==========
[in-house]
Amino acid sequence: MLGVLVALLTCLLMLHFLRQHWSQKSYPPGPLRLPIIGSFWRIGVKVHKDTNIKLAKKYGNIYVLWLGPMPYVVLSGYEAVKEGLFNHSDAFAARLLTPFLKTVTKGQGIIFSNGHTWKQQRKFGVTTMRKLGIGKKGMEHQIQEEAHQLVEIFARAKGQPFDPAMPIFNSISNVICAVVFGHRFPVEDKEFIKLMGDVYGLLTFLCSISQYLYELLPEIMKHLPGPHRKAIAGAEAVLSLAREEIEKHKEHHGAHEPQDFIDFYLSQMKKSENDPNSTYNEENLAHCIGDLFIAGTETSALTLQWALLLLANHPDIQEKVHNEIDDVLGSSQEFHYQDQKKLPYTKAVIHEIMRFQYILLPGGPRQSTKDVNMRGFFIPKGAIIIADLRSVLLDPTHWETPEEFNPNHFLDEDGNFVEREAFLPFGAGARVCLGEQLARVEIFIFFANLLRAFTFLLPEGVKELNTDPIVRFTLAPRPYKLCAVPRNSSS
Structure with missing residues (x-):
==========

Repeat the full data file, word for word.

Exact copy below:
[in-house]
Amino acid sequence: MLGVLVALLTCLLMLHFLRQHWSQKSYPPGPLRLPIIGSFWRIGVKVHKDTNIKLAKKYGNIYVLWLGPMPYVVLSGYEAVKEGLFNHSDAFAARLLTPFLKTVTKGQGIIFSNGHTWKQQRKFGVTTMRKLGIGKKGMEHQIQEEAHQLVEIFARAKGQPFDPAMPIFNSISNVICAVVFGHRFPVEDKEFIKLMGDVYGLLTFLCSISQYLYELLPEIMKHLPGPHRKAIAGAEAVLSLAREEIEKHKEHHGAHEPQDFIDFYLSQMKKSENDPNSTYNEENLAHCIGDLFIAGTETSALTLQWALLLLANHPDIQEKVHNEIDDVLGSSQEFHYQDQKKLPYTKAVIHEIMRFQYILLPGGPRQSTKDVNMRGFFIPKGAIIIADLRSVLLDPTHWETPEEFNPNHFLDEDGNFVEREAFLPFGAGARVCLGEQLARVEIFIFFANLLRAFTFLLPEGVKELNTDPIVRFTLAPRPYKLCAVPRNSSS
Structure with missing residues (x-):